If your goal is social, you’ll want to use various social media tools to find out what words your target audience is using at the moment. What are the hot topics? If you’re in need of links and rankings, your keywords will likely be found using SEO keyword tools and based heavily on your findings. This doesn’t mean there isn’t any consideration for social in an SEO-based piece or vice versa — simply that its f... > Read more
For the rest of the week, we'll be posting excerpts from a new article: Master Class: Keyword Research for Stellar Content Creation, by Angie Nikoleychuk. Click below to get the full article now. Keyword Research and Content Type Great content is...well...great. There’s no denying that, but when it doesn’t attract the right people, or achieve results, it’s essentially useless.
Of course, you can slam down a list of keywords and requirements, but it simply won’t generate the results many would like to believe. So, just as you did when you built the main pages of your website, you need to do some keyword research. The basics of this research are similar, but it’s quite different from what you’re used to. In this article, I’m not going to go through how to use variou... > Read more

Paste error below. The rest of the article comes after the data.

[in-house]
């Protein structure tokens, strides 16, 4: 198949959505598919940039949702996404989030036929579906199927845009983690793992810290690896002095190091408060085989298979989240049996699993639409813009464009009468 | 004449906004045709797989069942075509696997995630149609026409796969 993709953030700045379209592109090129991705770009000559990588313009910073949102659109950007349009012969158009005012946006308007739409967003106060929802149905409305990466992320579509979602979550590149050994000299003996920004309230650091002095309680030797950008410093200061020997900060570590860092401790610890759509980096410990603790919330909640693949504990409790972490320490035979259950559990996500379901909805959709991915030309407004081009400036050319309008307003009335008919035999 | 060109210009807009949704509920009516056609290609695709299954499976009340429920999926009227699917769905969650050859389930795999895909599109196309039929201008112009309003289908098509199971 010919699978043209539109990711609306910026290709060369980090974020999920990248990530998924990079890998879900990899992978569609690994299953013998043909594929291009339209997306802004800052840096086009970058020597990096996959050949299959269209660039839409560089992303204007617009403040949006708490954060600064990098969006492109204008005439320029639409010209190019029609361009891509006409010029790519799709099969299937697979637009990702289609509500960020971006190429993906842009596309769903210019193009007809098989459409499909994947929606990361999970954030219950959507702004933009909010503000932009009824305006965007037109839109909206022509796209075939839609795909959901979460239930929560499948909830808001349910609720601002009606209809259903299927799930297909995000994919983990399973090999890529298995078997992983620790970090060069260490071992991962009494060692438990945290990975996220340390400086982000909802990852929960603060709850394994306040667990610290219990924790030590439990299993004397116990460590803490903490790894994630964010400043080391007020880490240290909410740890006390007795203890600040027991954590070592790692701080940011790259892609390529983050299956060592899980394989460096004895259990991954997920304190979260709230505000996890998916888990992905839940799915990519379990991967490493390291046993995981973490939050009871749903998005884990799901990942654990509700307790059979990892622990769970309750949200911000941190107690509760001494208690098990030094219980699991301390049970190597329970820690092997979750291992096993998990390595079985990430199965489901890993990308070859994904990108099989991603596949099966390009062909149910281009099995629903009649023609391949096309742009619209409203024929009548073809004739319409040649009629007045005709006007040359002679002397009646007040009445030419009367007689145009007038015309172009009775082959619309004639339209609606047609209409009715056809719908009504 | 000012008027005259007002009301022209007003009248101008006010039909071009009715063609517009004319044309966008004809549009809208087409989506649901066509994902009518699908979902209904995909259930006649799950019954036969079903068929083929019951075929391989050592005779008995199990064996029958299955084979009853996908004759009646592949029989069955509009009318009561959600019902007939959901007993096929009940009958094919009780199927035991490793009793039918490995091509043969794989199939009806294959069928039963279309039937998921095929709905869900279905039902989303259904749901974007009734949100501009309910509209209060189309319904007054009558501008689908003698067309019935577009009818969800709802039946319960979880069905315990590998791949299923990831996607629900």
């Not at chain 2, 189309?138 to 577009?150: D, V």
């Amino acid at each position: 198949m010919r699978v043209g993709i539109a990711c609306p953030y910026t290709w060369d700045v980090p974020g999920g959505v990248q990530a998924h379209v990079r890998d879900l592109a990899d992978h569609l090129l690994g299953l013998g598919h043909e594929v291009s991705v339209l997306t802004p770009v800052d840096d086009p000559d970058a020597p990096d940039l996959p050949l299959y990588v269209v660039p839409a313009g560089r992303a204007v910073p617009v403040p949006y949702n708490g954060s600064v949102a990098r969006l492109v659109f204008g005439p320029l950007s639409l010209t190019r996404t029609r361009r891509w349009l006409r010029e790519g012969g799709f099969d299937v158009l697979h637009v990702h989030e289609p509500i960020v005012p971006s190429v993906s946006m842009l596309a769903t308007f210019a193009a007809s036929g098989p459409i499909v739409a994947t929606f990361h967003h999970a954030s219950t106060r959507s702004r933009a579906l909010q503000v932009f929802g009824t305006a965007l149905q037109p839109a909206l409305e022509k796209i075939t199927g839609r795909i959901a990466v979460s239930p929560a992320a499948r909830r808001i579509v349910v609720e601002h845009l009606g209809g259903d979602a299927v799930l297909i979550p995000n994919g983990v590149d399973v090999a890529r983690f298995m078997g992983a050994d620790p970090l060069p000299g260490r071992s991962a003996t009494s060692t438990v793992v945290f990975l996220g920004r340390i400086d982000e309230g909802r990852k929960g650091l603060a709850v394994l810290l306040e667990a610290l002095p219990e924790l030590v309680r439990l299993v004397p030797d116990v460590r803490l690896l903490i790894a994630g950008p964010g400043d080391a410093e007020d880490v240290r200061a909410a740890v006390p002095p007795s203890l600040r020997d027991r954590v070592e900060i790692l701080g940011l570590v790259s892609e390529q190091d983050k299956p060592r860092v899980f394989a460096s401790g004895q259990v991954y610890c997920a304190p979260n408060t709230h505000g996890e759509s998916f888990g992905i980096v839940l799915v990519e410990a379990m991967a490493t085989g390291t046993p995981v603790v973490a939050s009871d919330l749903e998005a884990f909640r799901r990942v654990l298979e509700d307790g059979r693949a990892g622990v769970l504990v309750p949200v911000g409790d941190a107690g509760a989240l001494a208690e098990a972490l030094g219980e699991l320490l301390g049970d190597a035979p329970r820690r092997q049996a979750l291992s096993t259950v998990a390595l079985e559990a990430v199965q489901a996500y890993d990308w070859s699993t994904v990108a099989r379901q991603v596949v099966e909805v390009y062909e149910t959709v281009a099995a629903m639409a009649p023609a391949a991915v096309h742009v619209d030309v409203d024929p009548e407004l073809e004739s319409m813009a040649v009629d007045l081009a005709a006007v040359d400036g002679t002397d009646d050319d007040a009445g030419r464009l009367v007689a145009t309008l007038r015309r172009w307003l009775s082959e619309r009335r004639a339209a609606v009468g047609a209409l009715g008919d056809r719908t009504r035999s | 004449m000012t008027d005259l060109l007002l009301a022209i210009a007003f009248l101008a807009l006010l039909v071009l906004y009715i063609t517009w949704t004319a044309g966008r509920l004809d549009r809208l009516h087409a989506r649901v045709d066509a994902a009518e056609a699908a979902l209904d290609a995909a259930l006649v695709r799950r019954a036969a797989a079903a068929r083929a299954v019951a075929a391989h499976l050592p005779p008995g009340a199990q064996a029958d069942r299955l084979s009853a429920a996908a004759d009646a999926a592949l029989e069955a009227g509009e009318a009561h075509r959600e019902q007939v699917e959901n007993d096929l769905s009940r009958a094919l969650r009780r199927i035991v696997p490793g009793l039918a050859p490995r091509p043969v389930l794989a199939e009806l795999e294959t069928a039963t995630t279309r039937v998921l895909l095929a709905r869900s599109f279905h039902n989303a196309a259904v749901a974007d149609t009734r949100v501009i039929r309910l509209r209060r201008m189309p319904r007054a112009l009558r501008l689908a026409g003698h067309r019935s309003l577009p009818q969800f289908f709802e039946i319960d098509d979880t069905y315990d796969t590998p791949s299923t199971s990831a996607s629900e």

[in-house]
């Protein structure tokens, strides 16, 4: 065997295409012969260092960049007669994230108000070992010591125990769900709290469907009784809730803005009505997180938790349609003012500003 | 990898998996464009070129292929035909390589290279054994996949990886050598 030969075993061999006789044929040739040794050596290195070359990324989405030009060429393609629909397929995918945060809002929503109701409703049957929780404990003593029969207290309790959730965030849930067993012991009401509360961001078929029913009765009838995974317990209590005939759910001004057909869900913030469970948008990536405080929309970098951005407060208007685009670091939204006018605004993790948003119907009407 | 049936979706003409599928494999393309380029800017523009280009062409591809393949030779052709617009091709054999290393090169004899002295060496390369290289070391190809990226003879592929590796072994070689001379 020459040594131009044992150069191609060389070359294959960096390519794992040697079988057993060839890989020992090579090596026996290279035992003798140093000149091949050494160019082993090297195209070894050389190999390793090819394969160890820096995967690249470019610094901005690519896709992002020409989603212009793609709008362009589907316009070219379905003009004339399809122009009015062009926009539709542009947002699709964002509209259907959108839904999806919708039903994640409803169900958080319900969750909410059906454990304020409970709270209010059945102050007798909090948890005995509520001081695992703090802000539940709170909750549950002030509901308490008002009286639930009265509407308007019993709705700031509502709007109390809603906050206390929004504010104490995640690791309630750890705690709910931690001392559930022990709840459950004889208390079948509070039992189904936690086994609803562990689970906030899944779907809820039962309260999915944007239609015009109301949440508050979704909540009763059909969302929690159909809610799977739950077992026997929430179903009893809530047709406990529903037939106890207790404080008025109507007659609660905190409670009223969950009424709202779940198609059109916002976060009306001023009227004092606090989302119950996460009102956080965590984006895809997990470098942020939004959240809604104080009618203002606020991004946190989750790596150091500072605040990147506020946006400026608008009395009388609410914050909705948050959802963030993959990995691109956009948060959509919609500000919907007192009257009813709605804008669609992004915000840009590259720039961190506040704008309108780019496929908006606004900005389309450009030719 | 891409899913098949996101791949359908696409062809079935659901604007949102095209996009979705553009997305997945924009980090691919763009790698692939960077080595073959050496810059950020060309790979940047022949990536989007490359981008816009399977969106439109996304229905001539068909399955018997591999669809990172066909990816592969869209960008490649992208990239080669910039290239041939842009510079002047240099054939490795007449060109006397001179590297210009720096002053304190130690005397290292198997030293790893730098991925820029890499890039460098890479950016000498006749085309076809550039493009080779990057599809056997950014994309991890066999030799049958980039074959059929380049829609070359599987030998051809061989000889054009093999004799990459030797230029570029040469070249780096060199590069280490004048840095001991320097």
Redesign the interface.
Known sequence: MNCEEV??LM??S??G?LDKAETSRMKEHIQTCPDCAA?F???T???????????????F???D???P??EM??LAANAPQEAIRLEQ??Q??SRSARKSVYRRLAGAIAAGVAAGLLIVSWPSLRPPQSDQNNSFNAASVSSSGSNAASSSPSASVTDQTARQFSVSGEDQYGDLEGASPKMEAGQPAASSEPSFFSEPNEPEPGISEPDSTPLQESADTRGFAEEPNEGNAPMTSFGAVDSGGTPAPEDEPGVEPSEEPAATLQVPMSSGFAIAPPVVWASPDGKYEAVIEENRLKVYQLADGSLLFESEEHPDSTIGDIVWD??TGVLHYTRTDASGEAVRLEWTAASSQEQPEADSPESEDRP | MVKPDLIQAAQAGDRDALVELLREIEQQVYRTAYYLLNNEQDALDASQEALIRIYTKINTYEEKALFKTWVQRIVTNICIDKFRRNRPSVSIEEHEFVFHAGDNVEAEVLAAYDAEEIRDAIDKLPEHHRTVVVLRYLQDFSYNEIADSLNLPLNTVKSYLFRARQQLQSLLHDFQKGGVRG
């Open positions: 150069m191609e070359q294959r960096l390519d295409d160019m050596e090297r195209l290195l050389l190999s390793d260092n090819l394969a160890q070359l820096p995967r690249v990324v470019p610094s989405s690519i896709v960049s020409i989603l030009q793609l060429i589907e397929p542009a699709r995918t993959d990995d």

In anticipation of the new season of Mad Men (which begins later this month), I thought it might be worth exploring the creative side of PPC. Unfortunately, PPC specialists too often forget their creative merits. Amidst all of the researching, monitoring, and overall managing of client expectations, it is easy to downplay the importance of being creative in the search engine marketing industry.
Today, I’m here to preach the other side of the story and encourage you to embrace the Don Draper or Peggy Olson that lies within you.Day in and day out, web marketers approach their marketing problems with analytical solutions. We diagnose our accounts pragmatically with bid changes and budget management. Ultimately, we are spoiled with instant results, updates, and modifications, and seemingly, ... > Read more
Content Optimization Strategy: Revamp Your Content to Capitalize on Missed Long Tail Keyword Opportunities
When it comes to content optimization, I'm a big fan of revisiting and reworking my existing content to take advantage of any traffic opportunities I may be missing out on. Now even though I perform keyword research before writing any blog post or landing page, I often always overlook keyword opportunities (both long tail and any closely-related keyword variations around my core term).
And being a search marketer, one of my primary goals when writing is to rank. So I don't want to leave any keyword optimization opportunities on the table. That's why, after I've published content, I make it a point to go back and fine tune things, so I can extract every last ounce of SEO benefit.Now, the Web is saturated with articles on tools that aid you in conducting initial keyword research. But wh... > Read more